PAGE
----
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Obama's Bid Threatened By 'Unnamed Republican'

The opinions expressed by columnists are their own and do not necessarily represent the views of

WASHINGTON -- The bump in President Obama's approval polls, after Navy Seals killed Osama bin Laden, didn't last long. It was shot down by a $4 gallon of gas, a 9-percent unemployment rate and an economy that has slowed to barely 2-percent growth.


Thursday's Gallup poll puts his job approval-disapproval score at 48 percent to 43 percent, down from mid-level scores in the 50s after U.S. Special Forces eliminated the terrorist mastermind.

The president's re-election poll numbers this month aren't anything to write home about either, even when he's paired against an unknown Republican candidate.

"Given a choice between Barack Obama and an unnamed Republican, 43 percent of registered voters say they are more likely to vote for Obama and 40 percent are more likely to vote for the Republican," writes Gallup Poll analyst Lydia Saad.

"This (statistical dead heat) is essentially unchanged from April and February, when voters' preferences were evenly split," she says.

It isn't for lack of trying. Obama and his White House strategists have been throwing flip-flops at the electorate lately, particularly at independents -- who have deserted him in droves -- hoping they would soften his ultra-liberal, big-spending image.

As gasoline prices have squeezed consumer wallets -- flattened might be a better word -- the White House announced last week that Obama was stepping up oil drilling permits in the Gulf, offshore areas and Alaska's oil-rich fields.

After two years of steadily rising gas costs, when the president was tirelessly promoting alternative biofuels and the like, he and his advisers suddenly became born-again oil supply-siders, a move that they said was brought about by the need to meet growing demand and drive down prices.


Before the switch, however, as gasoline prices were crushing our economy and there was talk of a double-dip recession, the Harvard law graduate said this was not a job for oilrigs and hardhats but for the U.S. Justice Department's lawyers, asking them to investigate the oil companies. That led to the umpteenth investigation of big oil, with Democrats on Capitol Hill grilling a panel of oil company CEOs and getting the same answers they've always gotten: "Senators, we need to lift the moratoriums and licensing delays and drill for more oil." Duh!

Presto! The White House, with its eyes firmly fixed on the polls, a declining GDP growth rate and rising unemployment, is now calling for more drilling.

But then there was the little matter of the federal government's $14.3 trillion debt ceiling, which the U.S. Treasury reached and exceeded this week. Republicans, who control the House, said they weren't going along with raising the debt limit by an estimated $2 trillion without an agreement to cut spending significantly, possibly by $2 trillion.

Treasury Secretary Timothy Geithner played the administration's scare card, warning that failure to raise the debt limit, which would allow the government to continue borrowing to pay its bills, would send the economy into a recession, sandbag the dollar and, for the first time in U.S. history, force America to default on its debts.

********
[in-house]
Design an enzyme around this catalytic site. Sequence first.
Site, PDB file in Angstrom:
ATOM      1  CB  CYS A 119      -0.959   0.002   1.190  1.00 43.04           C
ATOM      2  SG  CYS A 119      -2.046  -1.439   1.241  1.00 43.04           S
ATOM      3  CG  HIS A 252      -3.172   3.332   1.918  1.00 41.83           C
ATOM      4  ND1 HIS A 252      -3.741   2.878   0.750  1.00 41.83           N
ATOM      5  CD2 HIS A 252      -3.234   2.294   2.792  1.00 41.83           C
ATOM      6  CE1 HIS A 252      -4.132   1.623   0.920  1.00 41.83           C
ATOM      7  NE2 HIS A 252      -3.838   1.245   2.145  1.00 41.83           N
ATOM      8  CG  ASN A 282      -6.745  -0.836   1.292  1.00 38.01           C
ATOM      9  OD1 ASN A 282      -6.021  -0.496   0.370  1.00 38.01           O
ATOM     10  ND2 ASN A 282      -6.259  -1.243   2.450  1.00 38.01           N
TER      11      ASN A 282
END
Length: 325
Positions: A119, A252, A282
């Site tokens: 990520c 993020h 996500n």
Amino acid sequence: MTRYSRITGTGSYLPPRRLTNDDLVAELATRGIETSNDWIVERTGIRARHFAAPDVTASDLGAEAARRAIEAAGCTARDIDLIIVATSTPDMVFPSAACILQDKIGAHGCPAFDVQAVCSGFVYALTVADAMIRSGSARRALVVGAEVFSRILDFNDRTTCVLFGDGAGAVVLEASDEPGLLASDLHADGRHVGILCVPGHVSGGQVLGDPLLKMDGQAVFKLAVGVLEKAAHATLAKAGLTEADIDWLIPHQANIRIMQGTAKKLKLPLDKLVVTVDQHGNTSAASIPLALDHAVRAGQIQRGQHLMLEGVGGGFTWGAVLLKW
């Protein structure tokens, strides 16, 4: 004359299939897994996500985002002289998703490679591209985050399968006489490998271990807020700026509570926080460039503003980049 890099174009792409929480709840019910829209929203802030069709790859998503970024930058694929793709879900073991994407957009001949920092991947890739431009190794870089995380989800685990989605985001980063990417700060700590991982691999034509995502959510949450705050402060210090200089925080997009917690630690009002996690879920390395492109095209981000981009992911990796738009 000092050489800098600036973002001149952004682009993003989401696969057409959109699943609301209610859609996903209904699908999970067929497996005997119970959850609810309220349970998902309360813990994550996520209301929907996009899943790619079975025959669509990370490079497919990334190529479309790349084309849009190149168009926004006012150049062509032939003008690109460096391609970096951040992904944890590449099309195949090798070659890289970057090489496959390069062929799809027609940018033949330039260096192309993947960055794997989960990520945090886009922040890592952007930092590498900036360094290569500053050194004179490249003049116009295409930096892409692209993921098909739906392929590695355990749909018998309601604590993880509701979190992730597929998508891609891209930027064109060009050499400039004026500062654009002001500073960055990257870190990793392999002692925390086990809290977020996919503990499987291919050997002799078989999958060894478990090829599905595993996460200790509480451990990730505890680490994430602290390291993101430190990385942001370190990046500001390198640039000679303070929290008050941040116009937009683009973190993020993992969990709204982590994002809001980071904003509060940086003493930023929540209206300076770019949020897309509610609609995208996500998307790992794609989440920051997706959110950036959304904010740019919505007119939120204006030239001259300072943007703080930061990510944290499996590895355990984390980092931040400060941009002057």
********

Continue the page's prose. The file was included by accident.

Republican leaders responded that a $14-plus trillion mountain of debt, the size of the U.S. economy, was even scarier and that a country that continues to live far beyond its means cannot long endure.

Budget talks between the White House and leaders of Congress were continuing, but had reached a stalemate. Polls suggested that this was hurting the president and his future re-election prospects more than the Republicans, who had won control of the House and made major gains in the Senate on this very issue.

The time had now come for Obama to zigzag. So last week in an hour-long White House strategy session with Senate Democratic leaders, Obama told them not to "draw a line in the sand" during their negotiations, according to Senate Majority Leader Harry Reid.

Obama's sudden desire to show more flexibility in the debt-ceiling deliberations didn't mean he was willing to make deeper cuts in his favorite spending programs. It was a political decision, pure and simple.

Americans are fed up with an uninterrupted line of the trillion-dollar deficits that have marked his presidency, hitting $1.6 trillion this year alone -- increases that economists say will further swell the nation's public debt by more than $7 trillion over the course of this decade. But how much flexibility Obama is willing to show in this budgetary showdown is still a moving target. He continues to attack the GOP for attempting to cut education and infrastructure spending, wanting us to believe that they are the ill-nourished orphans of a Scrooge-like government. Not so.


"Since 2000, Washington has tripled K-12 education and Pell Grant spending. Federal transportation has risen 70 percent faster than inflation. And nearly half this spending growth has occurred in the last two years under Obama," says Brian Riedl, chief budget analyst at the Heritage Foundation.

The American people aren't buying Obama's argument that there is little room to make deep discretionary spending cuts. They've had to make major cuts in their own family budgets and they think the federal government should, too.

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